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Date : Jul 24, 2018
RBI Occasional Papers Vol. 38- No. 1 & 2: 2017

The Reserve Bank of India today releases Volume-38 of its Occasional Papers. RBI Occasional Papers is a research journal of the Reserve Bank and contains contributions from its staff and reflects the views of the authors. This issue contains four articles and three book reviews.


1. Nowcasting Real Estate Activity in India using Google Trend Data

This paper by Pratik Mitra, Anirban Sanyal and Sohini Choudhury explains that despite the real estate sector being among the major drivers of economic growth in India and contributing around 11 per cent to Gross Value Added growth since 2011-12, non-availability of data in a timely manner hinders an objective assessment of the sector’s performance. This paper attempts to bridge this gap by employing Big Data Analytics to nowcast the sales growth of real estate companies using Google search data. The paper concludes that the search intensity information improves precision relative to other benchmark approaches while nowcasting the current quarter performance.

2. Volatility Spillovers between Forex and Stock Markets in India

This paper by Sudarsana Sahoo, Harendra Behera and Pushpa Trivedi investigates the price and volatility spillovers between the Indian foreign exchange market (forex) and stock markets. The response of the forex market to volatility spillovers from stock markets is asymmetric, i.e., negative shocks from the stock markets result in higher volatility in the forex market vis-à-vis the positive shocks. The evidence on volatility spillovers during highly volatile periods indicates possible ‘contagion’ impact that amplifies the volatility and exacerbates the stress in the financial system.

3. Inter-temporal Calculative Trust Design to Reduce Collateral Need for Business Credits

Silu Muduli and Shridhar Kumar Dash highlight that credit rationing arising out of informational asymmetry and lack of collateral is a well-recognised economic constraint in credit markets. It focuses on the dimension of trustworthiness (calculative trust) by designing an inter-temporal incentivised payment structure that will induce economic agents to reveal the private information available about a project or true intentions of paying up the credit that is going to fund the project. The model dynamically estimates the collateral needed by taking into account the truthfulness of the borrower. The simulation result also finds that building trust helps small business owners to significantly reduce the need for collateral.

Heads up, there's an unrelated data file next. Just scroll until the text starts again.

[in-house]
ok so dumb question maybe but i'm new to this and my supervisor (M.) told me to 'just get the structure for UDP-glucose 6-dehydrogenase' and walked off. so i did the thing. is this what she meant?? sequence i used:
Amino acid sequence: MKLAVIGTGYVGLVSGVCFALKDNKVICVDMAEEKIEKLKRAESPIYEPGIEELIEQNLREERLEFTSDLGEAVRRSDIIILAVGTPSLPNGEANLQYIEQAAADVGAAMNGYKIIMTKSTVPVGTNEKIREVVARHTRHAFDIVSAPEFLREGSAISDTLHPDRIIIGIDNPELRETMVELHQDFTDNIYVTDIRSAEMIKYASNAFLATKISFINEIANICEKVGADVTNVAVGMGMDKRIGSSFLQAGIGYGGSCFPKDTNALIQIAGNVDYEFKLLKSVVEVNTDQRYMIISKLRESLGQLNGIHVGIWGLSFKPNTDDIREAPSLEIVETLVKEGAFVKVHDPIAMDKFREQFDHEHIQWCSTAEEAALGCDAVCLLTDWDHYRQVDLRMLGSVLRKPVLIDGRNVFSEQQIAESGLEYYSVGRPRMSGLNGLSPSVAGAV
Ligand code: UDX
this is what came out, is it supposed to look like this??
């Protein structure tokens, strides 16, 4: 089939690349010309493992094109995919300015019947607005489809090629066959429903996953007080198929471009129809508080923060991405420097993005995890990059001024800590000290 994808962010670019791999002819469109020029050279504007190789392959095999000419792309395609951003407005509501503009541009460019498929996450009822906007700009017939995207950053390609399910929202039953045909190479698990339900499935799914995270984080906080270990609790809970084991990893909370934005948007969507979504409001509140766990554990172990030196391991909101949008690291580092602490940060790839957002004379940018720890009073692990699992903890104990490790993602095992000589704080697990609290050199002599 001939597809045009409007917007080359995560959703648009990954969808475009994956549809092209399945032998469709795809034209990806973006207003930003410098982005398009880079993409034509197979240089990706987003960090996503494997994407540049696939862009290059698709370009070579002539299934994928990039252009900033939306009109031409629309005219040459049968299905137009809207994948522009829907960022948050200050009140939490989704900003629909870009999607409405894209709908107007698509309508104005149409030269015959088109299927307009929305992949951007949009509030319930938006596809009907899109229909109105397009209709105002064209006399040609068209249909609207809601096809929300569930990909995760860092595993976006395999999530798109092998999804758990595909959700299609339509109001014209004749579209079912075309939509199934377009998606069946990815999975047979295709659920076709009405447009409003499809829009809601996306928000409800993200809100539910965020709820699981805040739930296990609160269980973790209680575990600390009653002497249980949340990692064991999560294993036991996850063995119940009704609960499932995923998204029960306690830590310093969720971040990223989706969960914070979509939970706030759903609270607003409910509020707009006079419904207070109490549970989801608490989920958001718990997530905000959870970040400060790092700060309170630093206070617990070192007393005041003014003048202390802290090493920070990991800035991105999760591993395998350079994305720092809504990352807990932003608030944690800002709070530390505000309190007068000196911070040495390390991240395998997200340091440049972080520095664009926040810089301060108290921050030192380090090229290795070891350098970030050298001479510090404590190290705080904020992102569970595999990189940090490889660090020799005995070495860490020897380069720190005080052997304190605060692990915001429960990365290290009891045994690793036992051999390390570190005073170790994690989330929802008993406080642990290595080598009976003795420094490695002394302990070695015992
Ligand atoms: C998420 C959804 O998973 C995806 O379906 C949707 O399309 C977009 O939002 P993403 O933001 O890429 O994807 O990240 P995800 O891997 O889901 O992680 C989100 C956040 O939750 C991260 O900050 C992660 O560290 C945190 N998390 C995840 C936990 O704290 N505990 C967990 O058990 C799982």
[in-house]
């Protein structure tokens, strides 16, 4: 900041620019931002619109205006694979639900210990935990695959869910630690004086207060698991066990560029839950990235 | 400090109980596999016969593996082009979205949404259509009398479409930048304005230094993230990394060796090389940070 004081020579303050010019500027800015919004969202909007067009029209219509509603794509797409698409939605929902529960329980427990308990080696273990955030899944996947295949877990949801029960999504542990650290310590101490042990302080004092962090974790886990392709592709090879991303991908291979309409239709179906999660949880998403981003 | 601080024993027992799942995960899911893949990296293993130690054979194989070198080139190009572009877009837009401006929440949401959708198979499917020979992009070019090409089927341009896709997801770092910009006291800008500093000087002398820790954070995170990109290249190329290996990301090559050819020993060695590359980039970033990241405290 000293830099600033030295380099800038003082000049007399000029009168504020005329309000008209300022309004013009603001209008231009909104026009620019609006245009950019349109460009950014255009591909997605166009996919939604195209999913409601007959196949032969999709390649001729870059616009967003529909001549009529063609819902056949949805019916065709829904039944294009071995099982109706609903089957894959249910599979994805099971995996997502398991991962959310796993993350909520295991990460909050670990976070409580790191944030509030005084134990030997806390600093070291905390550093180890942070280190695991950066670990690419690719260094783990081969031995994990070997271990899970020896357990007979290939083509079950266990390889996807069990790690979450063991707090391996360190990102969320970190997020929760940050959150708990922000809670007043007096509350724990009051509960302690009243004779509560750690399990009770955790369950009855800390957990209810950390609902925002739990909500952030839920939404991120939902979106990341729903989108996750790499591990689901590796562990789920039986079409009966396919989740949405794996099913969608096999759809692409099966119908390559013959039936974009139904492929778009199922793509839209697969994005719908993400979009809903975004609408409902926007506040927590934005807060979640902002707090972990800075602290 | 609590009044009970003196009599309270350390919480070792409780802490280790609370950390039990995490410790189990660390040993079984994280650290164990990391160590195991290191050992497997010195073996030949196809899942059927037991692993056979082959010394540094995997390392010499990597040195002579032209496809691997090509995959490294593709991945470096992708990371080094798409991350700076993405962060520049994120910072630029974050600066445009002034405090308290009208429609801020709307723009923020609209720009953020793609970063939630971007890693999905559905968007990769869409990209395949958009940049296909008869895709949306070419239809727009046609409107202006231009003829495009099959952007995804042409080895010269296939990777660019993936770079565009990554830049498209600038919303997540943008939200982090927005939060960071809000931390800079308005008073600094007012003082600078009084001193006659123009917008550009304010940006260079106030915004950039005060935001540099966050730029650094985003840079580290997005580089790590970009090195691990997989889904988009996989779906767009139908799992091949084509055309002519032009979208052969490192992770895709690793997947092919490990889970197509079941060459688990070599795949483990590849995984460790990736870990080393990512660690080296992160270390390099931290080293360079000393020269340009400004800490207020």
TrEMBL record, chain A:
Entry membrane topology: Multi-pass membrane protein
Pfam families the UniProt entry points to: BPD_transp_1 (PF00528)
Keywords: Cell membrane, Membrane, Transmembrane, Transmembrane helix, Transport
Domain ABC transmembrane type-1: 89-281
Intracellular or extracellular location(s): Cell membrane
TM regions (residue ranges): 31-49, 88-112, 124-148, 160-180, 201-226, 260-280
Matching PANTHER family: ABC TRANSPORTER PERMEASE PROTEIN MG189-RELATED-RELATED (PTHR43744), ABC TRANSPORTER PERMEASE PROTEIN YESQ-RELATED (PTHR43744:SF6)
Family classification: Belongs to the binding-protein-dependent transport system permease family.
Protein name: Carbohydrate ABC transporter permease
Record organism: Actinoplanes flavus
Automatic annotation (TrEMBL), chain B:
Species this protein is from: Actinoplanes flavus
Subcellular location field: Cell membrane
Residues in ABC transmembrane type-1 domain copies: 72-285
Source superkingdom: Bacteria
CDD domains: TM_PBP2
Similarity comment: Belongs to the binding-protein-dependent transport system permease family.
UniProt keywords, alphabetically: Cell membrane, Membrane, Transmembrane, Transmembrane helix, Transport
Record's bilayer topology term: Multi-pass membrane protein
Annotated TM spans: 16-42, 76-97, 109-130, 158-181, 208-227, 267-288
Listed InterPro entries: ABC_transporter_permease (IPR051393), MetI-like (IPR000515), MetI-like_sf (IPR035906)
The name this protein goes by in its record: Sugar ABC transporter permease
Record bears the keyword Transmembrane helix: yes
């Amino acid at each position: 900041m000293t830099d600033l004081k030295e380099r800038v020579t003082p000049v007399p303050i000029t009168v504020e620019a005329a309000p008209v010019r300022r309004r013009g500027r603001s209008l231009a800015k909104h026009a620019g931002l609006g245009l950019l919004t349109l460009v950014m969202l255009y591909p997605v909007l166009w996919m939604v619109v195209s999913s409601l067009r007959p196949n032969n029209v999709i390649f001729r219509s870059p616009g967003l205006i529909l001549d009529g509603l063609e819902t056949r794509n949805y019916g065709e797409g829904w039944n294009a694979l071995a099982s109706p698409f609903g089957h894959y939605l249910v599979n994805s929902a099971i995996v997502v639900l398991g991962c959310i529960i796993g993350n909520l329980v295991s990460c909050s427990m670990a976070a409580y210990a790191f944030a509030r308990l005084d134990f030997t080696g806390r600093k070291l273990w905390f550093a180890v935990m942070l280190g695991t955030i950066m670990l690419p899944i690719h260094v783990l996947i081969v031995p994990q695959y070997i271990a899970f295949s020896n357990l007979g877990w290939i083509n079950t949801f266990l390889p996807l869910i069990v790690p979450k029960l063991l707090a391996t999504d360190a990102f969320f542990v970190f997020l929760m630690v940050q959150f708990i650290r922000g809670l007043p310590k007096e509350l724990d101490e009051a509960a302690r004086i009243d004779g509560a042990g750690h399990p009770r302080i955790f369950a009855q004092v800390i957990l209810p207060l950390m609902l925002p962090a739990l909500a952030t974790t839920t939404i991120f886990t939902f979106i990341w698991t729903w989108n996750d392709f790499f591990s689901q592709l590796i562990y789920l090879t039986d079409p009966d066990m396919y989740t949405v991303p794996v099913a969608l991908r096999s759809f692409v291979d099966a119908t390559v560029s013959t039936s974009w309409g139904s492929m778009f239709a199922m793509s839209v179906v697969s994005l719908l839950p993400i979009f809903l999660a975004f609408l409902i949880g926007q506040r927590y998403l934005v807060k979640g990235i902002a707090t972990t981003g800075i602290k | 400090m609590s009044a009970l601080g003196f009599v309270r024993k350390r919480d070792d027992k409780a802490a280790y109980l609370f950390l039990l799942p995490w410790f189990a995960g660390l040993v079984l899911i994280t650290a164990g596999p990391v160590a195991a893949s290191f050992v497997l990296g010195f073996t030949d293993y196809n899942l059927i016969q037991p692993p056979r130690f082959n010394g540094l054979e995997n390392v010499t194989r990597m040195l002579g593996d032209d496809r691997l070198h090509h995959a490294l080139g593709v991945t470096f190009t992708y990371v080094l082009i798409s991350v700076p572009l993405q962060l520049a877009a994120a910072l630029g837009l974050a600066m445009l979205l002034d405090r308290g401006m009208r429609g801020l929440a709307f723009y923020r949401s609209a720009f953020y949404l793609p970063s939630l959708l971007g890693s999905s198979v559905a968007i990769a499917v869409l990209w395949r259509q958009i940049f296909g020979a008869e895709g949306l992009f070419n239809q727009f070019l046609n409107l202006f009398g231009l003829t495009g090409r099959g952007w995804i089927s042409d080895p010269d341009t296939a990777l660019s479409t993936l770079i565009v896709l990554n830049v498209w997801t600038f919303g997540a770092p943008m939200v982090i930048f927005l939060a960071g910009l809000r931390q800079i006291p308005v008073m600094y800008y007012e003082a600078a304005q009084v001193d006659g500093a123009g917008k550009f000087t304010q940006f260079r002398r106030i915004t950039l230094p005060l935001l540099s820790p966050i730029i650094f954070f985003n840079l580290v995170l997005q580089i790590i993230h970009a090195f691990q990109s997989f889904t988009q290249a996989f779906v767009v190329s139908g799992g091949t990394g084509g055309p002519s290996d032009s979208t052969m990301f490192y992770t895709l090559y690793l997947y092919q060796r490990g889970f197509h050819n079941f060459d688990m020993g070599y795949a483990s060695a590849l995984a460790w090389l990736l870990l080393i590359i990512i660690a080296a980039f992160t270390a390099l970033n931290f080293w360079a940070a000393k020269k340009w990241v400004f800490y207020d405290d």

4. Global Liquidity and Foreign Portfolio Flows to India: An Empirical Assessment

In this paper, Amarendra Acharya, Prakash Salvi and Sunil Kumar examine the role of global liquidity as a driver of external financial flows into India. They find that the influence of global liquidity conditions is stronger on foreign portfolio investment flows to India than on foreign direct investment and external commercial borrowings. Furthermore, the liquidity channel of transmission of accommodative monetary policies of the advanced economies to India is found to be more pronounced, while the portfolio balance channel and the confidence channel do not exhibit any statistically significant impact on portfolio flows into India.

Book Reviews

Apart from the above four articles, this issue of Occasional Papers also contains three book reviews:

1. K. Jayanthi Anand reviews “The Architecture of Collapse: The Global System in the 21st Century” written by Mauro F. Guillén. The book argues that the modern global system has ‘become intricate, interconnected, unwieldy and unpredictable’, and it has become unstable due to the way it is currently structured.

2. Dipak Chaudhari reviews, “Financial Crisis, Corporate Governance, and Bank Capital” written by Sanjai Bhagat. The book explains some of the intricate aspects of the global financial crisis of 2007-08, particularly those related to corporate governance and compensation packages of top executives of banks. It offers a unique approach in terms of empirical analysis of the relationship between corporate governance and capital requirement in banks.

3. Madhuchhanda Sahoo reviews the book “Doughnut Economics: Seven Ways to Think Like a 21st-Century Economist” written by Kate Raworth. The book argues that there is an urgent need to reprioritise our objectives with focus on usage of resources and environment sustainability while pursuing the output growth. The book adopts a novel approach of visualising an economy as a ‘doughnut’ whereby the inner ring represents ‘social and human foundation’ and the outer ring indicates ecological aspects. The book argues that our objective should be to stay within the two rings.

Jose J. Kattoor
Chief General Manager

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